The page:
Latina Researcher Named a ‘First Lady’ of Prestigious Cancer Council
Dr. Amelie G. Ramirez, professor and director of the Institute for Health Promotion Research at The University of Texas Health Science Center at San Antonio, the team behind SaludToday, was recognized as a “First Lady” of the Intercultural Cancer Council, which promotes policies, programs and research to eliminate the unequal burden of cancer among racial/ethnic minorities and medically underserved populations.
The council, based at the Baylor College of Medicine in Houston, chooses “First Lady” honorees for their long-term and outstanding achievements in health and science.
Ramirez participated in a First Ladies award ceremony June 27, a day before the Biennial Symposium on Minorities, the Medically Underserved and Health Equity in Houston, hosted by the council, the University of Houston and M.D. Anderson Cancer Center.
She also served on a panel at the symposium June 28, focusing on mapping the future of science toward health equity.
“I appreciate this peer recognition for my and my team’s work to reduce health inequalities among Latinos,” said Dr. Ramirez, who also is associate director of health disparities at the Health Science Center’s Cancer Therapy & Research Center. “I aim to continue raising awareness and conducting research to improve the lives of the underserved.”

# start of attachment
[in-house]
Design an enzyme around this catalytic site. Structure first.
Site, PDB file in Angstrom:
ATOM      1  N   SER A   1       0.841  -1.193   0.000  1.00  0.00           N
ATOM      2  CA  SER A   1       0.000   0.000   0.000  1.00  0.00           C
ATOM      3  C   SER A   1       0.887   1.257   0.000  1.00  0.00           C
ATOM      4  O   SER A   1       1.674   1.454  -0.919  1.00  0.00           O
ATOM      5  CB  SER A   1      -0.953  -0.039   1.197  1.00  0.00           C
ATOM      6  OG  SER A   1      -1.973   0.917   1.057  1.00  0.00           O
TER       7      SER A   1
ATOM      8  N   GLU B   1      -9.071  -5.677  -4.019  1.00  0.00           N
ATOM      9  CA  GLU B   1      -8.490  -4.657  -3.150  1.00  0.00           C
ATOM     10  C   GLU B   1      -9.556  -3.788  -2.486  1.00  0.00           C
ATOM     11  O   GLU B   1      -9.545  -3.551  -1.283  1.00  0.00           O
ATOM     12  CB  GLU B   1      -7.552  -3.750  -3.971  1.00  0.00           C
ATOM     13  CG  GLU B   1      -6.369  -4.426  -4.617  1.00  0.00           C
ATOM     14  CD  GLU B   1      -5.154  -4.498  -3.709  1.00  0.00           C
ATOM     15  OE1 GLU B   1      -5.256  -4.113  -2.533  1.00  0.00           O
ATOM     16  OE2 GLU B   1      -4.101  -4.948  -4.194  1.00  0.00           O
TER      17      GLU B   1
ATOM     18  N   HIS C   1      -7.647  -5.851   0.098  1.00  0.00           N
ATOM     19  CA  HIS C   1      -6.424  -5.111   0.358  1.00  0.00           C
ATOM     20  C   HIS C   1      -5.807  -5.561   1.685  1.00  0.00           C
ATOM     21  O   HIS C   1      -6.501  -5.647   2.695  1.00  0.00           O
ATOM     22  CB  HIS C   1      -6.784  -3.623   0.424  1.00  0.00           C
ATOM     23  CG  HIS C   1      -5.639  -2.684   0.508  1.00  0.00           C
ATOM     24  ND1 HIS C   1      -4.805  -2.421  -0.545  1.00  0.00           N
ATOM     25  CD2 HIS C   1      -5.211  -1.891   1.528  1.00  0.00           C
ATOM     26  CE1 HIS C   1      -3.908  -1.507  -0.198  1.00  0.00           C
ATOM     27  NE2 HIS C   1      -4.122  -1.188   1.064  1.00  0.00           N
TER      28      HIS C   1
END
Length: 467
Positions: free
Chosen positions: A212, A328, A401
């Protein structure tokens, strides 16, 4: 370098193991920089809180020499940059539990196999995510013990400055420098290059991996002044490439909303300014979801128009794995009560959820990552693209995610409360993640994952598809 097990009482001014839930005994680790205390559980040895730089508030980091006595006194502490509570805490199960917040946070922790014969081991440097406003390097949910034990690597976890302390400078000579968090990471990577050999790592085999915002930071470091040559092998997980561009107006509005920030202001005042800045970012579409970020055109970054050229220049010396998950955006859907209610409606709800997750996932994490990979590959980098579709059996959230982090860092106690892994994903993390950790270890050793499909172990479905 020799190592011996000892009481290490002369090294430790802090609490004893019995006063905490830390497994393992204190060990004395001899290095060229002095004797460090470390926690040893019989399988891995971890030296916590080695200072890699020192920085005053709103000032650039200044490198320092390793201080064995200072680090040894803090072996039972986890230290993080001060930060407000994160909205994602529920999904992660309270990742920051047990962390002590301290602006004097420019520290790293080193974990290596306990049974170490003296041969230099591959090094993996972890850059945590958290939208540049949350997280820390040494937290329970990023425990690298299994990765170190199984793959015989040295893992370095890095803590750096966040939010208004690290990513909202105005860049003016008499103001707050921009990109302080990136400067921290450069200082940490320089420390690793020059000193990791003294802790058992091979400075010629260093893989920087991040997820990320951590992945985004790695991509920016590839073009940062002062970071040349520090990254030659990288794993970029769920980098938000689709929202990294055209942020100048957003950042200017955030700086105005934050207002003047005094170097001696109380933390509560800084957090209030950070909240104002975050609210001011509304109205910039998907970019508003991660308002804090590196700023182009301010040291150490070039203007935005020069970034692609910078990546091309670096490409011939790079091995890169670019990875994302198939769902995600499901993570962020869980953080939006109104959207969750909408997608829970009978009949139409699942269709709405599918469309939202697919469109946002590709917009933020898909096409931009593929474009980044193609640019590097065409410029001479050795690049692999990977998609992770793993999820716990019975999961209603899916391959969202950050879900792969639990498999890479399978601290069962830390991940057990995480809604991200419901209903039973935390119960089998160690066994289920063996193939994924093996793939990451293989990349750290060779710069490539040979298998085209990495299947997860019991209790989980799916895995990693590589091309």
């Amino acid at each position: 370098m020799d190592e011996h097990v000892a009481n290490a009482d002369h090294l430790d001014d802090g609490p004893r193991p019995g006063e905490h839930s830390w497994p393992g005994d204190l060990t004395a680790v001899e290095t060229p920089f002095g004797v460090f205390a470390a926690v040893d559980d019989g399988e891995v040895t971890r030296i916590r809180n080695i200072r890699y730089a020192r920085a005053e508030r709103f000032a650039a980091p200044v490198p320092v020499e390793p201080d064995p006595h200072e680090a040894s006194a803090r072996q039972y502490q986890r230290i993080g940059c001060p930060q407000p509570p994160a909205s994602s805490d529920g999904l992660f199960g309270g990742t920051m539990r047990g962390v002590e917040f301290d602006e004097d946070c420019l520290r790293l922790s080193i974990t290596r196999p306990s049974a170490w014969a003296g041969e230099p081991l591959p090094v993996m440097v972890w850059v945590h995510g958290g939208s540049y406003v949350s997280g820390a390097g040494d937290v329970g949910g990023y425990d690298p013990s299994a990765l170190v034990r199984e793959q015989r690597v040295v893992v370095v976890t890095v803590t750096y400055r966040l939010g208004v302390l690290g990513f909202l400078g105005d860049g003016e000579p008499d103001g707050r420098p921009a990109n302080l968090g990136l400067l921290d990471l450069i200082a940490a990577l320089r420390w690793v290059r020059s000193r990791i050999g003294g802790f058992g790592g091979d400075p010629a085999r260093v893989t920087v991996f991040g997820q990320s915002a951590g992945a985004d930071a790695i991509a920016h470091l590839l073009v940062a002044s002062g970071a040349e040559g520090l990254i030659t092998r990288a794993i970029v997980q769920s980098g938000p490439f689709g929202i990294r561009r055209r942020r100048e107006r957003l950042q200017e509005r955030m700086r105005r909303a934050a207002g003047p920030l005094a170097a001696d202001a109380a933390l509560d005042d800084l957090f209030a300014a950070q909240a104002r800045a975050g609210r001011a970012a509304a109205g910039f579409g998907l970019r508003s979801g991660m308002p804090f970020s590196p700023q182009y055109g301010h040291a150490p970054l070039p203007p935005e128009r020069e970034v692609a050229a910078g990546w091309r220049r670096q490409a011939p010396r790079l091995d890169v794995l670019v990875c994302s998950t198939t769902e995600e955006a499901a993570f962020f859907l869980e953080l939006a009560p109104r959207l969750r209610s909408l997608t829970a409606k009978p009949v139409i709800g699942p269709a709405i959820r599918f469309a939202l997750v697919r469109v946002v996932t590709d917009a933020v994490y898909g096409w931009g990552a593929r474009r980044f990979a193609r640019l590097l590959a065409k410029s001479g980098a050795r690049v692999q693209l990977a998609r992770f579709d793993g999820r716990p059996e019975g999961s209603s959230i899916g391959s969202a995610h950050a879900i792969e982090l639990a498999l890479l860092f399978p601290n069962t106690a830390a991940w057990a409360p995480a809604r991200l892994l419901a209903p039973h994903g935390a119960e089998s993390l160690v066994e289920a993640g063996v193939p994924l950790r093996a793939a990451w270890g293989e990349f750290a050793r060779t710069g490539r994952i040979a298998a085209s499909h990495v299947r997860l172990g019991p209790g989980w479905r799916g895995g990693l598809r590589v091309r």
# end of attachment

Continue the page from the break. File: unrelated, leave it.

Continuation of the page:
In the past 30 years, Dr. Ramirez has directed dozens of research projects and programs focused on human and organizational communication to reduce Latino cancer and chronic diseases via risk factor studies, clinical trials and healthy lifestyle changes. Her projects have led to unique health communication models and interventions that have contributed to reducing Latino cancer rates and increasing screening and preventive health behaviors. She is frequently recognized for her work to improve Latino health and advance Latinos in medicine, public health, and behavioral sciences across the U.S., including: 2011 White House “Champion of Change”; 2007 election to the Institute of Medicine (IOM) of the National Academies; 2007 Professor of Survivorship from Susan G. Komen For the Cure; and 2003 Humanitarian Award from the American Cancer Society.
Find out more about the Intercultural Cancer Council here.
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